If you intend to read a lot of long emails or -- god forbid -- ebooks on your phone, you should really consider a higher resolution phone. The paltry amount of pixels makes even the most basic of tasks unpleasant. The Nokia Lumia 520 is a little pricier, but its 800x480-pixel resolution makes everything vastly crisper.
It's at least pretty bright, doing a decent job of countering reflections from office lights. Its colours aren't awful either, but if you want to watch anything that relies on rich visuals, this isn't the device to use.
Android Jelly Bean software
The phone is running on Android 4.1.2 Jelly Bean which is a good step up from the outdated 2.3 Gingerbread found on its predecessor. That makes the L3 II only one step behind the most up to date version of Android, which isn't bad for a budget phone.
The overall interface is fairly standard for Android. There are three homescreens, on which you can pop down apps and live widgets. Three app icons remain along the bottom to provide quick access to key tasks (you can decide what's most important to keep there). Apps you don't want on the homescreens are dumped into a grid of apps, showing either all available apps, or only the apps you've downloaded.
LG has thrown in a few extras of its own to the Android mix. The Quick Memo tool lets you scrawl hand-written notes over the top of whatever screen you're looking at. You can either save the note as a screenshot or keep on moving around Android with the note still hovering over the top. Not an essential feature, but handy if you want to scrawl down a phone number from a website then type it into the phone.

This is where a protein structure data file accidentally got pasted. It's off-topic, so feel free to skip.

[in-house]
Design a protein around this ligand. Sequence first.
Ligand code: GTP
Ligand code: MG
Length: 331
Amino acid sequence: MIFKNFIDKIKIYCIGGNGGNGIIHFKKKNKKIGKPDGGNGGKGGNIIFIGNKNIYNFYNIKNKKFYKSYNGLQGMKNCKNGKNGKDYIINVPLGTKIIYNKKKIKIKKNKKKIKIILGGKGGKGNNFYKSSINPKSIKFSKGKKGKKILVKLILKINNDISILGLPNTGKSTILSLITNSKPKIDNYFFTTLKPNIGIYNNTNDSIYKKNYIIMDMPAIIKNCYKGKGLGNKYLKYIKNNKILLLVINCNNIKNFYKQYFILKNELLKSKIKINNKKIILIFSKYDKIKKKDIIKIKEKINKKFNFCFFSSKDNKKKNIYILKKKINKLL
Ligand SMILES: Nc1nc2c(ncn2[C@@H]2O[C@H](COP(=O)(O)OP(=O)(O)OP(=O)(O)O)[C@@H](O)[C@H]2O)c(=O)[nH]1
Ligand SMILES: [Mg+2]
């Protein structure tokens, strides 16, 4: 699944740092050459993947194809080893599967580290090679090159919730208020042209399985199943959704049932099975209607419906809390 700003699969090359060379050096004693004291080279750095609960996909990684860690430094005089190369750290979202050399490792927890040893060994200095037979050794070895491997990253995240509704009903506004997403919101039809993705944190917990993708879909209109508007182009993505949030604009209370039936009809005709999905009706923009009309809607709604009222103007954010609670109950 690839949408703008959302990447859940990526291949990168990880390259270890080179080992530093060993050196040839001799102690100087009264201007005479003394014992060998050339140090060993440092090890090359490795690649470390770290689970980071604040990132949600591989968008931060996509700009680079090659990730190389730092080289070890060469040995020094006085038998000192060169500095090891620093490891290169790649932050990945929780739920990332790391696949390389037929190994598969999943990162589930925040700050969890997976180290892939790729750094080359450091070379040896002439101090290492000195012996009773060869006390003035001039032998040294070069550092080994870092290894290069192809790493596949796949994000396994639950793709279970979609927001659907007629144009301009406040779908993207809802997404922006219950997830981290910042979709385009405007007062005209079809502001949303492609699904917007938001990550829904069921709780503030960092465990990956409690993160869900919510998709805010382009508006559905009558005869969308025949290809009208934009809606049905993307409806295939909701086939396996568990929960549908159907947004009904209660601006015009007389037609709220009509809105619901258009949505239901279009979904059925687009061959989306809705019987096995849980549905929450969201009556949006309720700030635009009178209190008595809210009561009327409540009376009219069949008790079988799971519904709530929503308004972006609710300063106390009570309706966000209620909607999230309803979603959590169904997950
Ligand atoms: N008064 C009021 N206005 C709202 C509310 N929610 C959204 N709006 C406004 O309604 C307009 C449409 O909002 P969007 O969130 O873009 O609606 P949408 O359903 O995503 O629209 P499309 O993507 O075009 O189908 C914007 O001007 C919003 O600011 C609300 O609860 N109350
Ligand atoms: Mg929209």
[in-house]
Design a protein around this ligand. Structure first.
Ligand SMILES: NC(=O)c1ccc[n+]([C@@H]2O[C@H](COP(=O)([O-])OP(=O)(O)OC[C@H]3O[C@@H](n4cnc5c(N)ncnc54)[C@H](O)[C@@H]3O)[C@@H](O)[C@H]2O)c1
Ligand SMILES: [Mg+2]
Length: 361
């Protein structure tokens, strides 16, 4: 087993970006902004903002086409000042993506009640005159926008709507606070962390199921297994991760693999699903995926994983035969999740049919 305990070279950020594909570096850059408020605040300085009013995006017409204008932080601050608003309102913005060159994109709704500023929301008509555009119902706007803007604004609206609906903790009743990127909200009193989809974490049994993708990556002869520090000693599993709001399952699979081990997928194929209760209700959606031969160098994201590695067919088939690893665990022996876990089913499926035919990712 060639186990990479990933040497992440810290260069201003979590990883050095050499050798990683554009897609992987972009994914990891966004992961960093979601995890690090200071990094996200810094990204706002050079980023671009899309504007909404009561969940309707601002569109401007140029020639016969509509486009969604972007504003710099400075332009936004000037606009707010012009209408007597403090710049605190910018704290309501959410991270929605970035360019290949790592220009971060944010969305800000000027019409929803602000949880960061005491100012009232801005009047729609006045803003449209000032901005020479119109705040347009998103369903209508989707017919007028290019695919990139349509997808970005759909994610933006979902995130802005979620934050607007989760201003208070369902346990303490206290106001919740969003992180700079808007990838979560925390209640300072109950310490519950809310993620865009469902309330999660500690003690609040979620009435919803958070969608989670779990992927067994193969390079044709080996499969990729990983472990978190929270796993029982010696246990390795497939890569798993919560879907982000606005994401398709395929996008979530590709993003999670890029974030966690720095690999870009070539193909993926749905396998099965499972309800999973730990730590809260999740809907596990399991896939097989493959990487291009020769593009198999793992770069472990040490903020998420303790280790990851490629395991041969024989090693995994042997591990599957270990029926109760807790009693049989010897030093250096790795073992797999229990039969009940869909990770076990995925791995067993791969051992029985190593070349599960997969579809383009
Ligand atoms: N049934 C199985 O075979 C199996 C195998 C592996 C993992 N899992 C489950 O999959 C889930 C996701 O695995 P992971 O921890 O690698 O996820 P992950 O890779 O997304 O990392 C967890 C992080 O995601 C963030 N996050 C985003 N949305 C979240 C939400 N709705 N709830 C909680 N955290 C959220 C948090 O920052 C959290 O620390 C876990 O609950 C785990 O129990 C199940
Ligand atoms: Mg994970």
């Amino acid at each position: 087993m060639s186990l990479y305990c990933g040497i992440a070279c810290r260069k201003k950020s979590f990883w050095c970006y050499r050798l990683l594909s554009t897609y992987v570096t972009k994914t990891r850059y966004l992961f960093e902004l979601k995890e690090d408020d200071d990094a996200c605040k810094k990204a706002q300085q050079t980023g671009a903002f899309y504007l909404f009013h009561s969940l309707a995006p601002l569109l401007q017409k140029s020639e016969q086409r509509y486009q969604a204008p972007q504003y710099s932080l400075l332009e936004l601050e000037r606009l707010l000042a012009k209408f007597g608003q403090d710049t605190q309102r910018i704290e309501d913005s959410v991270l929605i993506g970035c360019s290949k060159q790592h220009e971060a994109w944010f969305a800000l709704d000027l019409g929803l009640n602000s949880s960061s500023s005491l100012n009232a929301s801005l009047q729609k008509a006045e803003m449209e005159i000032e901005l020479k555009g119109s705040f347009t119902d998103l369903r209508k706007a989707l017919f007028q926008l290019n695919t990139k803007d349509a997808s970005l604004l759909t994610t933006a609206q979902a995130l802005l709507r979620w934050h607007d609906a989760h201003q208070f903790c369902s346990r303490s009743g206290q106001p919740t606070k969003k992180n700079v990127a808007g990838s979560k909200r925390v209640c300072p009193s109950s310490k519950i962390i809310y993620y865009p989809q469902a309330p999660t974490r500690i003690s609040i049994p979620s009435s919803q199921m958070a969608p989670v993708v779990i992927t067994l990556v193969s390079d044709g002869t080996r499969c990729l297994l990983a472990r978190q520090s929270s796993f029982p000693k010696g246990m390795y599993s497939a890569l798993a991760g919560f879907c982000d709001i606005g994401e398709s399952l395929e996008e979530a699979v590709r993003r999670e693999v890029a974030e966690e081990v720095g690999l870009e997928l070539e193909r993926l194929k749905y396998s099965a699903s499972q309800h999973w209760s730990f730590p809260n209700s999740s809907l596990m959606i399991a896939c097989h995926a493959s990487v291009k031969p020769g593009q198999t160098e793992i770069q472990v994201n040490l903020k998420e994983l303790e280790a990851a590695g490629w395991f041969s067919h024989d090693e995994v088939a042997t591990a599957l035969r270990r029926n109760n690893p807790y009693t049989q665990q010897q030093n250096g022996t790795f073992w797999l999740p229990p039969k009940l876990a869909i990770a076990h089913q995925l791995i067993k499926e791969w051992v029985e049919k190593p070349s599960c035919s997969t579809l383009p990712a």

LG's Safety Care service could be a genuinely useful addition though, particularly if you have elderly relatives. Once set up, you can have the phone automatically text a set contact an alert, along with the location of the phone if someone dials an emergency number. An alert can also be sent if the phone hasn't been used for a set period of time -- particularly useful to check up on vulnerable family members.
I think it's a really helpful addition and not one that I see often on smart phones. It does, however, mean that you'll need to give the L3 II to the person you're wanting to keep a close eye on. I don't think its small screen (and therefore small, fiddly keyboard) and Android software will be particularly suited to a less tech-savvy person.
Power and performance
The L3 II is powered by a single-core processor clocked at 1GHz, along with 512MB of RAM. That's only a marginal increase over the 800MHz chip found in last year's model, but for the money, you really shouldn't expect burly multi-core processors.
On the Geekbench test, the L3 II gave a score of 372, which is really very low. The Acer Liquid Z2 also packs a single-core 1GHz processor, but managed to rack up 579 on the same test -- a big boost in speed.
Swiping around the Android interface is fairly smooth though. There's little of the awkward clunkiness you'd expect from underpowered processors, and the software didn't slow things down as it did on Huawei's Ascend G510. For dealing with the absolute basics, the L3 II has enough juice.
Fire up more demanding tasks and things don't go quite so well. The usually glossy water-racer Riptide GP looked thoroughly unpleasant on the low-res screen. The weak engine struggled to support the graphics, resulting in low frame rates and juddery gameplay. More basic games like Angry Birds were more playable, but jumping back to the homescreen after playing was quite sluggish.
LG has popped a 1,540mAh battery into the L3 II, which is pretty capacious for its size. Without a huge, high-definition screen or quad-core chip sucking down the juice, the L3 II is able to keep ticking along for a while.
LG quotes over 8 hours of 3G talk time, and around a full day of regular use, which I'd say is about fair. Like always though, those times vary hugely based on your own use. If you don't demand too much -- no gaming or video streaming, for example -- you won't struggle to get a full day of use out of it. Keeping the screen brightness down will help too.
The LG Optimus L3 II wins points for its cheap price, recent version of Android and helpful software additions. Its low-resolution screen is awful though, and its processor will struggle with all but the most basic of tasks. If price is your only factor in buying a phone then it's worth taking a look at, but your money might be better spent elsewhere.